By Jeffrey Snider of Alhambra
Last week, the American Bankruptcy Institute (ABI) released its updated statistics for commercial bankruptcies through June 2016. For yet another month, bankruptcies jumped by 30% over the same month in 2015. Total commercial filings were 3,294 in June, compared to 2,442 in June 2015; Chapter 11 filings were up 36% year-over-year. The turn in apparent liquidity and business struggles occurred at the end of last summer and into the autumn. Though the energy sector is prominent in the inflection, it is noteworthy that the ABI singles out one other particular industry:
“As economic challenges continue to weigh on the balance sheets of struggling companies, especially those in energy and retail, more businesses are seeking the financial fresh start of bankruptcy,” said ABI Executive Director Samuel J. Gerdano. “Commercial bankruptcy filings for 2016 will likely total close to 40,000.”
Announced job cuts in the retail sector at the beginning of the year seemed to confirm the growing distress. Though layoffs have come down over the past few months, there remains a divergence between what these figures suggest and the BLS employment numbers for the industry. According the payroll statistics, employment in the retail sector paused only for two months in April and May, with no net gains. Rather than signal a change in economic behavior, however, it was as likely a regular statistical variation; there was a similar 2-month pause recorded for last August and September.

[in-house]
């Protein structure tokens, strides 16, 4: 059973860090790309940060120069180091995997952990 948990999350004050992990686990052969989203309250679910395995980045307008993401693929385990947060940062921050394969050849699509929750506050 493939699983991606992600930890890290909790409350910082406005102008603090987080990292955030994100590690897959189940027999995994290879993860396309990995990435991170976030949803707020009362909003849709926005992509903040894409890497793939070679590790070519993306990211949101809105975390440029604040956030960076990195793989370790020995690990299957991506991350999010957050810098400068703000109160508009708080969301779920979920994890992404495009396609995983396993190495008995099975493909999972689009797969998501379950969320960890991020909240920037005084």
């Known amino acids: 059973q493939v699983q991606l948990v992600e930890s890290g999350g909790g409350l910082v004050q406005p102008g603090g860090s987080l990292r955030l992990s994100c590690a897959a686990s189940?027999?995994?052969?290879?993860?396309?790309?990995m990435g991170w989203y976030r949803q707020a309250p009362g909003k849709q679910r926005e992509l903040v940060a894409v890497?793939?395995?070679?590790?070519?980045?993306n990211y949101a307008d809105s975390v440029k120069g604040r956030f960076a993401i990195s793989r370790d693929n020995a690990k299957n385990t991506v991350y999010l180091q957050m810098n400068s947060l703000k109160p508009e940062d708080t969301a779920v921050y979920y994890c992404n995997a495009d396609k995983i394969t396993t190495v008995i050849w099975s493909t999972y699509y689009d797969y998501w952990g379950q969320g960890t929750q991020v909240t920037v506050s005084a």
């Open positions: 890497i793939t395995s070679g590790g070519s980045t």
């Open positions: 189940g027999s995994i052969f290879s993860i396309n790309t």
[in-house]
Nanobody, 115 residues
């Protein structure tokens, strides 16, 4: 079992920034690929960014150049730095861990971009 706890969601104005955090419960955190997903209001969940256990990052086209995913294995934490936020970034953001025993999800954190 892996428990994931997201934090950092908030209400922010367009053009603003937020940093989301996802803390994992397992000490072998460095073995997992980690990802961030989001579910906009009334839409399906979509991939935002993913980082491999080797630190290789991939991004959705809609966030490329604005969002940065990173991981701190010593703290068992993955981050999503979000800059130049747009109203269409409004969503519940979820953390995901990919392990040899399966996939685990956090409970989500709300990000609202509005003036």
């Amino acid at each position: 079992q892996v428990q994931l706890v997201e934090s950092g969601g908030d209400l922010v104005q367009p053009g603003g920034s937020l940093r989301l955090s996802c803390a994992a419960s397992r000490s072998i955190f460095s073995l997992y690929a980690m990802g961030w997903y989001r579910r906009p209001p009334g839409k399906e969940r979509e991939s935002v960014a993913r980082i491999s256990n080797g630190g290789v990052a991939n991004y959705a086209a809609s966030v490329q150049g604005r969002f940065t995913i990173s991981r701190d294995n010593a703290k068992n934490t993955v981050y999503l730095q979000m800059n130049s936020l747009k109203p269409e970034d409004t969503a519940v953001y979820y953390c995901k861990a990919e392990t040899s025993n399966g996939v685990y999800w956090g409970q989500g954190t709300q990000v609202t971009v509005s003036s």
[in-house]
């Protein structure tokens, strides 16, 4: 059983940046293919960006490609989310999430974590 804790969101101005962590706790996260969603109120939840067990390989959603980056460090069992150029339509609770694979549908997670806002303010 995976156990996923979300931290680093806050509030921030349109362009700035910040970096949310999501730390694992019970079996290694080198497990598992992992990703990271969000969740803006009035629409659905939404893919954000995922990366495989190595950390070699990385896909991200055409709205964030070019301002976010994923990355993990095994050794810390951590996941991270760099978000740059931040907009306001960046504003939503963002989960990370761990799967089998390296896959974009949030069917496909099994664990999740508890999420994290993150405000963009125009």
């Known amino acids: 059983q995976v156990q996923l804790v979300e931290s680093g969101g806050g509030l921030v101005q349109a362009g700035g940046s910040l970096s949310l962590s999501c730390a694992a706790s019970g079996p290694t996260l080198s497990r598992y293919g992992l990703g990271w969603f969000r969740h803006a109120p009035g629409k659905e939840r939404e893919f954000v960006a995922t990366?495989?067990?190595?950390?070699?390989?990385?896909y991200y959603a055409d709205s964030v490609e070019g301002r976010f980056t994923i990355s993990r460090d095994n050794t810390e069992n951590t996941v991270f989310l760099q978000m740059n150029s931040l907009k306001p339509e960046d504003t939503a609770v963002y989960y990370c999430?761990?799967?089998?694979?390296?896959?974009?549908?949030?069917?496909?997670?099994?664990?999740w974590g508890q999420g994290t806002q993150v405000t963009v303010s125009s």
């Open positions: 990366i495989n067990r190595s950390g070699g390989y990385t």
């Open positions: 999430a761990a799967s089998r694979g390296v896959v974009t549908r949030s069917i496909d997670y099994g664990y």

The pace of expansion is far out of line with what we find in so many other accounts – including retail and wholesale sales (and inventories on both levels). For an industry that might be struggling to the point of increased bankruptcies, the government figures that employment in the industry is unrelated to the possibility. For the most part, the BLS continues to suggest hiring without any serious break apart from the typical statistical variations.